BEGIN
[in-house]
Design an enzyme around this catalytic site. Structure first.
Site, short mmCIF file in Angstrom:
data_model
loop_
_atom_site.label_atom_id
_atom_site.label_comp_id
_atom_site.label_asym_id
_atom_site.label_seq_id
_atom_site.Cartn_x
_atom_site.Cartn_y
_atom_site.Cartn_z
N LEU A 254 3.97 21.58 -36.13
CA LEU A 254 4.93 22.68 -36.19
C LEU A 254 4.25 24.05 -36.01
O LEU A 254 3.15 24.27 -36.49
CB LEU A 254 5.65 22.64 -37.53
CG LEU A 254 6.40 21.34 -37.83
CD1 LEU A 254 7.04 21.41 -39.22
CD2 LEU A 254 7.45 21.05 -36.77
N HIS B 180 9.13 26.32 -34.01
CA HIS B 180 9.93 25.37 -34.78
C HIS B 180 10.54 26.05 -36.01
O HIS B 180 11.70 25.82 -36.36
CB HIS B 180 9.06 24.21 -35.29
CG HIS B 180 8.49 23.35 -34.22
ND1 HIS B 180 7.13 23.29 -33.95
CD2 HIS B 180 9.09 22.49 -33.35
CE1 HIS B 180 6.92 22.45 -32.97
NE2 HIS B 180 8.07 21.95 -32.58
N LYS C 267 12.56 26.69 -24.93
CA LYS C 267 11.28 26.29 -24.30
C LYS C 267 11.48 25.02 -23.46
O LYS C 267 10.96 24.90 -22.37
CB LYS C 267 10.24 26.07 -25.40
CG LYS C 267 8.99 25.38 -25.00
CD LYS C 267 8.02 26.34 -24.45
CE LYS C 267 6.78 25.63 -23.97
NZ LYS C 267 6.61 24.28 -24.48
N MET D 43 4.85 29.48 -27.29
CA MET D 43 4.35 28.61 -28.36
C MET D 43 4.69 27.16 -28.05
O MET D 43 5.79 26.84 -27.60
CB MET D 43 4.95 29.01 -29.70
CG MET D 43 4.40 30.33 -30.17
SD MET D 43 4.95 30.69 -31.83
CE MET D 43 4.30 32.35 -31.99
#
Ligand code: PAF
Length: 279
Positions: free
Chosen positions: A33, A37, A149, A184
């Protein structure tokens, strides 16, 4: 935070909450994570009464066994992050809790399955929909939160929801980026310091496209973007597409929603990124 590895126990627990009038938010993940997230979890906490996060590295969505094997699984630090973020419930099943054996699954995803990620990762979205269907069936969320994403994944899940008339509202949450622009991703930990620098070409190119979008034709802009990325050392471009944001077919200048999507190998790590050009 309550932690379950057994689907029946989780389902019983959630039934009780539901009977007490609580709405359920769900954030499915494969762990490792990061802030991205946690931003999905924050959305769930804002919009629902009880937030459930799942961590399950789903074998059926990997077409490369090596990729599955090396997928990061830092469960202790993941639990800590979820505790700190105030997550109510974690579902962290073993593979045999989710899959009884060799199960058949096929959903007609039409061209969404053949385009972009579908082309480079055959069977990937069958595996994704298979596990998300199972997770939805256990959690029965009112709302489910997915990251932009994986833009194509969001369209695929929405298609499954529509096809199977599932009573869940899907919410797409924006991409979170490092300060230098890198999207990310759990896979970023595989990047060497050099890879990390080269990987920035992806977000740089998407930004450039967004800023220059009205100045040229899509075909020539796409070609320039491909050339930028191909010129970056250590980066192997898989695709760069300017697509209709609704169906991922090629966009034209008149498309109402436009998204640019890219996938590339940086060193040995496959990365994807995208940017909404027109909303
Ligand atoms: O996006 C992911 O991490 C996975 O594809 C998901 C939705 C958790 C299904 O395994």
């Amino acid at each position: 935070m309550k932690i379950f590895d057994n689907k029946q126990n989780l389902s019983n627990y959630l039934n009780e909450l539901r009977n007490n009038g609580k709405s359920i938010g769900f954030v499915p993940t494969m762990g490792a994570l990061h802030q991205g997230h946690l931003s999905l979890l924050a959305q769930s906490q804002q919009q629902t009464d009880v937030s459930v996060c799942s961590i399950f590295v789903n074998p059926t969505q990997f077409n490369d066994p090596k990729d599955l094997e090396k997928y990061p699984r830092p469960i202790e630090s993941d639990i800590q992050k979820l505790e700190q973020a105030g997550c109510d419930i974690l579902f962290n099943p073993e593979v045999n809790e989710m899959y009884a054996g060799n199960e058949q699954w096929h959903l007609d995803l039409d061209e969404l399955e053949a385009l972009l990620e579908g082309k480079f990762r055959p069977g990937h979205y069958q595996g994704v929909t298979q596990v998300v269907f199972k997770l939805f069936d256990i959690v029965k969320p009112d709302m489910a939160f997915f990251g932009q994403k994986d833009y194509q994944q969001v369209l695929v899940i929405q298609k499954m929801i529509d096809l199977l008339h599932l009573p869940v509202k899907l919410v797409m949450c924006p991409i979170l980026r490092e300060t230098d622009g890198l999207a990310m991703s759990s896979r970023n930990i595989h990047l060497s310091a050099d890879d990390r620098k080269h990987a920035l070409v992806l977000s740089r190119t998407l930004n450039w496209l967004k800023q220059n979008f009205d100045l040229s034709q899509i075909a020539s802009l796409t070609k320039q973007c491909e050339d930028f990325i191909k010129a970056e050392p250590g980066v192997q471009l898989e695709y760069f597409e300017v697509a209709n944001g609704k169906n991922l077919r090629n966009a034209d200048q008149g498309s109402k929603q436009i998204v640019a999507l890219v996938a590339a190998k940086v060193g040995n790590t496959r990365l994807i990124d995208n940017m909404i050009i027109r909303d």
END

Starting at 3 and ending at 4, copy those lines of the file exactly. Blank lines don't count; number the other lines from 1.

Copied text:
Site, short mmCIF file in Angstrom:
data_model